The sky is falling, according to liberal scientists. The left’s hysteria over a shakeup head of the Environmental Protection Agency by EPA head Scott Pruitt shows President Trump chose the right person for the job.
Scott Pruitt is systematically dismantling the Environmental Protection Agency. He’s firing actual scientists in favor of polluters.
— Brian Schatz (@brianschatz) November 1, 2017
Pruitt rolled out a new rule this week prohibiting scientists from simultaneously receiving EPA grants and serving on the agency’s advisory boards, The Hill reports.
The change is meant to reduce conflict of interest. A memo sent out by the EPA reads:
“Members shall be independent from EPA, which shall include a requirement that no member of an EPA federal advisory committee be currently in receipt of EPA grants, either as principal investigator or co-investigator, or in a position that would otherwise reap substantial direct benefit from an EPA grant.”
However, the new rule does allow exceptions for local, state, and tribal governments: “This principle shall not apply to state, tribal, or local government agency recipients of EPA grants.”
Pruitt, who notes that EPA advisory committee members have gotten $77 million in EPA grants in the last three years alone, describes the new policy as essential for maintaining the “integrity” of the EPA.
“We want to ensure that there’s integrity in the process, and that the scientists who are advising us are doing so with not any type of appearance of conflict,” he explained. “And when you receive that much money … there’s a question that arises about independence.”
But the change has left-wing environmental groups up in arms.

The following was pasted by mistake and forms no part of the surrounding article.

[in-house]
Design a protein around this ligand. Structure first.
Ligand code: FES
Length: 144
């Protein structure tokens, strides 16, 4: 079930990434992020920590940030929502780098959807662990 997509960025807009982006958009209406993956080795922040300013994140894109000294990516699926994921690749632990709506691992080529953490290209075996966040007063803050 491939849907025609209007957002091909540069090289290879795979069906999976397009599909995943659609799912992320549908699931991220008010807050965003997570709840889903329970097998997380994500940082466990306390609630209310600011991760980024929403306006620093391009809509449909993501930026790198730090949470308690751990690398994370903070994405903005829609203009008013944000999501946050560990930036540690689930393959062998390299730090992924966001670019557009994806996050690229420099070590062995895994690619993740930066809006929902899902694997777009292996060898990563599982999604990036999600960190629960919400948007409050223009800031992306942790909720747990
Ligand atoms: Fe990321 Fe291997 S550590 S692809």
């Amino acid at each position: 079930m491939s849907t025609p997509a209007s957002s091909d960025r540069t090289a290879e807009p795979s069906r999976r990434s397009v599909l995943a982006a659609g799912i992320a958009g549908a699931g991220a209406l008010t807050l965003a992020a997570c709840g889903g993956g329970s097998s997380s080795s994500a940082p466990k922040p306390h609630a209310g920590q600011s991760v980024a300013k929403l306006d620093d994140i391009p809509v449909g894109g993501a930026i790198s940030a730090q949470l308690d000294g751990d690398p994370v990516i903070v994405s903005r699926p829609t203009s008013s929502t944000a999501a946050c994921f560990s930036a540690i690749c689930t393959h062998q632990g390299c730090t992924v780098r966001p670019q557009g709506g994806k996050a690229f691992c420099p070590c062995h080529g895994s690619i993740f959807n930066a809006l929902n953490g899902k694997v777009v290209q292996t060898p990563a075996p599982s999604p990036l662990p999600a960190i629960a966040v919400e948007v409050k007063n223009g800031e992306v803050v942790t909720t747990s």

Michael Halpern, Deputy Director of Center for Science & Democracy, wrote on the Union of Concerned Scientists blog:
“Such a move bans some independent scientists from providing scientific advice while giving those with conflicts a free pass. Collectively, these actions create an abhorrent double standard: scientists who rely on public funding are left out, while industry scientists face no restrictions on service. Fossil fuel and chemical companies already enjoy undue influence over EPA policy under Pruitt. Now, they’re taking control over science advice to the agency.”
For a scientific organization, the Union of Concerned Scientists sounds highly political. Among the goals they list on their website are a determination to “fighting misinformation, advancing racial equity, and reducing the threat of nuclear war.”
Rush Holt, CEO of The American Association for the Advancement of Science, said his organization “denounces the EPA administrator’s decision to disallow qualified scientific experts from providing evidence-based information as members of its science adviser boards.”
For Holt, the policy change “is motivated by politics, not the desire for quality scientific information.”
Scientists also condemned the choice of toxicologist and Texas Commission on Environmental Quality head Michael Honeycutt to lead the Science Advisory Board. Honeycutt was a prominent critic of the Obama administration’s environmental policies.
As expected, the liberal media jumped to depict Pruitt’s rule as “unscientific,” going so far as to say he was basing his decision-making on the Bible after he quoted from the book of Joshua in order to illustrate the importance of independence.
“‘Choose this day whom you will serve,'” Pruitt said. “This is sort of like the Joshua principle. Either service on the committee to provide counsel to us in an independent fashion or choose the grant. But you can’t do both.”
But conservatives are no longer surprised by the dishonesty of the mainstream media. Meanwhile, the move was praised by Republican lawmakers, who have been in the process of writing legislation that would implement changes at the EPA similar to the ones Pruitt has now put in place.
“For too long, the agency’s advisory committees were not representative of the whole country,” said Sen. John Barrasso (R-WY). “Today’s directive from Administrator Pruitt will ensure that the unique perspectives of Wyoming and other rural states are not left out of the conversation.”
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